Give every man thy ear, but few thy voice.

Okay, so I sometimes listen to what’s going on around me –is that bad? I don’t point at the source, so come on! You’re allowed to listen as long as you’re not hiding. And anyway, I like to think I’m just a passive recipient and no more to blame than a radio antenna.

We’re all antennae of course, we’re all sieves straining the air for food –land-locked, smallish Baleen whales. And frankly, it’s not my fault if some people go through their lives with their mouths open and their minds closed. In fact, usually I am more like Falstaff in Shakespeare’s Henry IV: ‘It is the disease of not listening, the malady of not marking, that I am troubled withal.’

But sometimes I can’t help marking -I am most especially afflicted by cell phone conversations, maybe because I only get to hear one side. It’s like the other side is whispering something –a secret, or curses not loud but deep. That kind of thing. It begs for conjecture, interpretation, more listening.

Of course, there are those who malign the practice, and vilify the effort as mere eavesdropping -vicariousness as a proxy for an interesting life. I suspect we are all closet palimpsests, though, if only by accident, and I resent any accusations of villainy. In fact, I recall reading a book about the subject –Eavesdropping: An Intimate History, by John Locke, a professor of Linguistics at City University of New York- and I was able to find an interview he gave in the August 2017 Quartz: https://qz.com/1035252/eavesdropping-is-your-best-bad-habit/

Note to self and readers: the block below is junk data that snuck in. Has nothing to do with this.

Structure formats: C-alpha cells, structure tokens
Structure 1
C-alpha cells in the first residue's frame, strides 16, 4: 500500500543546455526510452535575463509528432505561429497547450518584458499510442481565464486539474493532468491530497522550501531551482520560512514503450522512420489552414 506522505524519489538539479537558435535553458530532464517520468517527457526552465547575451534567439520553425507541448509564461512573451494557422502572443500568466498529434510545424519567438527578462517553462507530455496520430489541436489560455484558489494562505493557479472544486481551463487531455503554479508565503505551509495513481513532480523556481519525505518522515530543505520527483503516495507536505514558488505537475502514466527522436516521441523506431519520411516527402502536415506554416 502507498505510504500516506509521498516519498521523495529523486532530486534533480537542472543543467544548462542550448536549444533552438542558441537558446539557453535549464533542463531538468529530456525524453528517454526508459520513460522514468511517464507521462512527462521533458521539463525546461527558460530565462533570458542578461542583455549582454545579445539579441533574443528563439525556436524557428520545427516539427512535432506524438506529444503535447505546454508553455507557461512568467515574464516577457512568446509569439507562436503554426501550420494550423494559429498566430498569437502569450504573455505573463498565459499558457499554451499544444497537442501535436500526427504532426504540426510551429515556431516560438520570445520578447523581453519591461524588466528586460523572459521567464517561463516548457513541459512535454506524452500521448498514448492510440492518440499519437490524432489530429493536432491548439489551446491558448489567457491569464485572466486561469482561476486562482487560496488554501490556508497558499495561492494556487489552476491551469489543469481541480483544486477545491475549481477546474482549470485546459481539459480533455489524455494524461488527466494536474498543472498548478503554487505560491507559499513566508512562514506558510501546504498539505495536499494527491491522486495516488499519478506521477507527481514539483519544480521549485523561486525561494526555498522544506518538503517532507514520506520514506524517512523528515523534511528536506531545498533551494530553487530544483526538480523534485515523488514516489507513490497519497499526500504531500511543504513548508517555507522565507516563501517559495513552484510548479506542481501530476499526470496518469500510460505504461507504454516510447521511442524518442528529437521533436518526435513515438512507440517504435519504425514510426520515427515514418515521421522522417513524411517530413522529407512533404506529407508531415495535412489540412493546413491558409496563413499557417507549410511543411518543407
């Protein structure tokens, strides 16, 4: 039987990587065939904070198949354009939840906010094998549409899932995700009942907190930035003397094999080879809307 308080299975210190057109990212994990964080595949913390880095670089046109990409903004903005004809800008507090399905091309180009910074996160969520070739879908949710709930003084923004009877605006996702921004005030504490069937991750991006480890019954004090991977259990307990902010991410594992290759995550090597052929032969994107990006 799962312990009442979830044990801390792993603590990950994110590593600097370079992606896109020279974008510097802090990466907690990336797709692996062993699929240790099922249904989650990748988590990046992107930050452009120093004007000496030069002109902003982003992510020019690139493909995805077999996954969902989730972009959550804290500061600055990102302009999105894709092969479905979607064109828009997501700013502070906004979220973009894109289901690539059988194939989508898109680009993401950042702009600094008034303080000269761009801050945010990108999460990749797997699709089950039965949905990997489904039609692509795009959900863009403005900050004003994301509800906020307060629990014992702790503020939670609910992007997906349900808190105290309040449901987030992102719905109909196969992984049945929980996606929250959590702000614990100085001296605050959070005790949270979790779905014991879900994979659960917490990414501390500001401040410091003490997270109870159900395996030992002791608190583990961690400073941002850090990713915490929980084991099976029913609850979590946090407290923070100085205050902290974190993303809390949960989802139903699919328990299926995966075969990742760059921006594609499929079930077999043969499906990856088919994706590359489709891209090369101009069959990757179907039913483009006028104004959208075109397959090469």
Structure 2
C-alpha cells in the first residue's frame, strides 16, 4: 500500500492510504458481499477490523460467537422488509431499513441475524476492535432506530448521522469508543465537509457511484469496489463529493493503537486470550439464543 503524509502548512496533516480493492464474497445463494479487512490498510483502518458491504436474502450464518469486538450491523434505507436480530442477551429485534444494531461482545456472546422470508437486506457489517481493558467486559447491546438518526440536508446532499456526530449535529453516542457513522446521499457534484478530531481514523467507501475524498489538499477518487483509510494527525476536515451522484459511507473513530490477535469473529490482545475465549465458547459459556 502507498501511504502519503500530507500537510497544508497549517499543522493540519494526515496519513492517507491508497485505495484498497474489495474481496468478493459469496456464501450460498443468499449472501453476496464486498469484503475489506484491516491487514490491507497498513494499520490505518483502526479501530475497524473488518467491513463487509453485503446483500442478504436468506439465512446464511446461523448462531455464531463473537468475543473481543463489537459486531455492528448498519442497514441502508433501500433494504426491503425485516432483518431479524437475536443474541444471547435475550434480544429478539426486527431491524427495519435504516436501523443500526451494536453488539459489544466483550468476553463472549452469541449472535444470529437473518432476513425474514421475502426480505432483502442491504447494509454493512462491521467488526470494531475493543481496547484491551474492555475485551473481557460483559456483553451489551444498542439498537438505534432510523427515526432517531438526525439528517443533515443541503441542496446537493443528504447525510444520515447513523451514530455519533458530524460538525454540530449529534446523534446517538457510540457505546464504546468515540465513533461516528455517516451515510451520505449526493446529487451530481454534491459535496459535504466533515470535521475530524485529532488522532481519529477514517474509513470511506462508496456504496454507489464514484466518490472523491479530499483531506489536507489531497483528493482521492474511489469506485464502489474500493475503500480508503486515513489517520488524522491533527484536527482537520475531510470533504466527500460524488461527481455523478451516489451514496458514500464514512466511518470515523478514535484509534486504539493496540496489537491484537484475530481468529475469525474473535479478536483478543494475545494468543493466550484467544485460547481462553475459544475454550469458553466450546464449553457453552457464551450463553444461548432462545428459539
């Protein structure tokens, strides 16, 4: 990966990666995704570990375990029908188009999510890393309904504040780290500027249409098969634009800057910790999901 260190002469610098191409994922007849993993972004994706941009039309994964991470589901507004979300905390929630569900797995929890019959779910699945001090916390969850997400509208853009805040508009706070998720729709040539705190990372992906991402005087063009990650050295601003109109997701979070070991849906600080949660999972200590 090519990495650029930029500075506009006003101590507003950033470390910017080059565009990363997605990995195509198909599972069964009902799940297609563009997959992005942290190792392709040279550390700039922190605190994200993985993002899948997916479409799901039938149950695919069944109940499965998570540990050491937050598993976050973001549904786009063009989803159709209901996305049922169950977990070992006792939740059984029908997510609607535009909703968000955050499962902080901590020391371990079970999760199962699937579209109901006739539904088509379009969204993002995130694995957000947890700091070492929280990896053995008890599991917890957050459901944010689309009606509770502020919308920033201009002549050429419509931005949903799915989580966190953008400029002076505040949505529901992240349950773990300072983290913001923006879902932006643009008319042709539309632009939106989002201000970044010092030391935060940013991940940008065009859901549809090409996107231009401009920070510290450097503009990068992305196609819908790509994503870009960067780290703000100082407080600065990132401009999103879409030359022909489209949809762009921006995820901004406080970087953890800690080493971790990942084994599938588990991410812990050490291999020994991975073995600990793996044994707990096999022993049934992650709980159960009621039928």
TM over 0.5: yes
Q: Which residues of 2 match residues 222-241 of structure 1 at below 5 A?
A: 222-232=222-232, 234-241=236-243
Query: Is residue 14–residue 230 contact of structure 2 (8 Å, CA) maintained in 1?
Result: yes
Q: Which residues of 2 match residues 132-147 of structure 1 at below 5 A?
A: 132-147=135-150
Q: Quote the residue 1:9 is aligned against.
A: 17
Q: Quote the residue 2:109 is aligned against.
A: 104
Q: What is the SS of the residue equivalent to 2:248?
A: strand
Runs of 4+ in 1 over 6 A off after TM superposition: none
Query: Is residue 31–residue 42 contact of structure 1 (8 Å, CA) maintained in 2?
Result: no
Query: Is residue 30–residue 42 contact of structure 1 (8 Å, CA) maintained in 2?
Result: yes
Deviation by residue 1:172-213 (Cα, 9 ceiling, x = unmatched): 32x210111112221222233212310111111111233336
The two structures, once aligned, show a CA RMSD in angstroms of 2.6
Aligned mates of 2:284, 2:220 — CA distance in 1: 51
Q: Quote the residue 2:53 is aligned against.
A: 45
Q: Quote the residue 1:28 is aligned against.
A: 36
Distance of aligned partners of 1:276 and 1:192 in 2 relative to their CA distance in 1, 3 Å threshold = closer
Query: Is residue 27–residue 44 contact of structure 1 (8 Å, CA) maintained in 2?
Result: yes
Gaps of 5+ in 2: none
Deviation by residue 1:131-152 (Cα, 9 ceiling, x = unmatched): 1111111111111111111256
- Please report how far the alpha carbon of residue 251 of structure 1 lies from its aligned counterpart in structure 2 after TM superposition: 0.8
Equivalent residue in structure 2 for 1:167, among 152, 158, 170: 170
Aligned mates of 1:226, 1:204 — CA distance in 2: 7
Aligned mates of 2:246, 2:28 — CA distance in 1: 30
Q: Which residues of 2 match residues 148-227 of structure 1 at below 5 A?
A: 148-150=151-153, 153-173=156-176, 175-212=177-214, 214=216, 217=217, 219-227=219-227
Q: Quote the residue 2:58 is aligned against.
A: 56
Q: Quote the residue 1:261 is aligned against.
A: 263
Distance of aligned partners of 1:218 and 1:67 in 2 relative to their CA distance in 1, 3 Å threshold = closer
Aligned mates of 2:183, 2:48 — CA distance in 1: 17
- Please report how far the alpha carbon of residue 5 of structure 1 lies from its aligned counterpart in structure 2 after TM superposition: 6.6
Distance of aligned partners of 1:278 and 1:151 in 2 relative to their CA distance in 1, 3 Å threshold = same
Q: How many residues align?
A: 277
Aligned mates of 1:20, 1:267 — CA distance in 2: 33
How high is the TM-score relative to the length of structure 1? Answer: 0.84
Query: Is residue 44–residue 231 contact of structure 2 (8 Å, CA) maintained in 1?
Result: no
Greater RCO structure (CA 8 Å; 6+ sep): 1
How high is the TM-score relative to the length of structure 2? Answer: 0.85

I feel better about my ears now. Actually, ‘[…] more often than not, eavesdropping isn’t an intentional choice or character flaw, but a habit that we’re wired for. For example, a paper in the journal Psychological Science showed that we find conversations like phone calls, where we hear only one side of the dialogue, more distracting than conversations between two people. This paper also concluded that less-predictable speech is more distracting for a listener.’ Exculpation at last… or at least ablution.

I was reading the article on my phone in the bus, when another pierced the air like a muffled banshee. I was sitting adjacent to the senior’s section –testing the waters, as it were- when I noticed a bony, large-veined hand emerge from a pocket grasping a tarnished and chipped, old flip-phone that it flicked open with the practiced dexterity of a retired biker with a switchblade. Perhaps I’m being unkind, but he yelled into the phone as if his hidden interlocutor was somewhere across a busy street, and it put me off. Nothing sharpens the ears like outrage.

“That you Mona?” he shouted. “Whatdya want?”

Suddenly his eyes found something profoundly disturbing on the ceiling of the bus, and several of us looked up, just in case. His head started shaking –slowly at first, but picking up speed as he listened. Either Mona was exaggerating, or she’d told him something terrible.

“Didya, pick ‘er up?” he suddenly blurted, annoyance dripping from his shout.

I was close enough that I could almost hear Mona, but her voice was more like listening to one of those old steam radiators that used to bubble and hiss in the night when you were trying to sleep. The sound stopped for a moment, and then a sudden bubbling seemed to incense the man, and his face transmogrified into countless ripples of loose skin.

“Whatdya mean you couldn’t?” Spittle now accompanied his disbelief, although to be fair, it was small and manageable. “Didya call whatserface?” He pronounced it like it was one word.